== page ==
“Customers tend to like to find alternatives to Oracle because Oracle is expensive and there are a lot of restricted policies for users,” he said. “Really, Oracle has had this space to [itself] for the most part for a long time. Now they are going to see some competition if Microsoft executes properly. It’s good for the marketplace.”

Charles King, principal analyst with Pund-IT, agrees.


Pund-IT’s Charles King

“I think the Citrus acquisition can be seen in both practical and strategic terms,” said King. “Practically, it adds to Microsoft’s other Postgres investments and should help enhance the company’s related Azure services. Strategically, it adds to the drumbeat of Microsoft’s investments in and support for open source.”

King called the acquisition a positive move all around.

“For channel companies that leverage Postgres technologies, the deal should provide some additional bells and whistles they can pass on as enhancements to customers.”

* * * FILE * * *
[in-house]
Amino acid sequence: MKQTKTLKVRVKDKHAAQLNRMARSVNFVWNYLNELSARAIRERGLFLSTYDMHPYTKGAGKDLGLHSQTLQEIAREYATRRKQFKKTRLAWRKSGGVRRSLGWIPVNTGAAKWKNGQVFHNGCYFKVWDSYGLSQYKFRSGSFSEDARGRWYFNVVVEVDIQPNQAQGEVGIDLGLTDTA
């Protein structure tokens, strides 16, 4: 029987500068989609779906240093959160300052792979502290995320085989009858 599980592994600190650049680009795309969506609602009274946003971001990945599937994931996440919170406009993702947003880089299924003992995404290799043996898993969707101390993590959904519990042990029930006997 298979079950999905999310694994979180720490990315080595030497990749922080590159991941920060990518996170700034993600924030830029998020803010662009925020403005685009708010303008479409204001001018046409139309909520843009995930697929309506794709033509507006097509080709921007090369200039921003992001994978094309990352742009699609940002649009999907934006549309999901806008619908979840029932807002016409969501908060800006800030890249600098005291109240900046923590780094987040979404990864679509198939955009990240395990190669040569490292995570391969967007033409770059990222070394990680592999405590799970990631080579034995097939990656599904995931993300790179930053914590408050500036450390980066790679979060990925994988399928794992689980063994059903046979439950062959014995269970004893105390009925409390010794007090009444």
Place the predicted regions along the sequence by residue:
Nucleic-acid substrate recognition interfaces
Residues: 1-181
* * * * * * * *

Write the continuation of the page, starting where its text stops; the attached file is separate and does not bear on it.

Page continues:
The acquisition of a Postgres vendor is not an all-new strategy and path for Microsoft. The company last March launched a fully managed, community-based database service for PostgreSQL on Microsoft Azure.

“The acquisition of Citus Data builds on Azure’s open source commitment and enables us to …

… provide the massive scalability and performance our customers demand as their workloads grow,” wrote Microsoft’s Kumar in his blog. “Together, Microsoft and Citus Data will further unlock the power of data, enabling customers to scale complex, multitenant SaaS applications and accelerate the time to insight with real-time analytics over billions of rows, all with the familiar PostgreSQL tools developers know and love.”

Citus is available as a fully managed database as a service, as enterprise software, and as a free open-source download.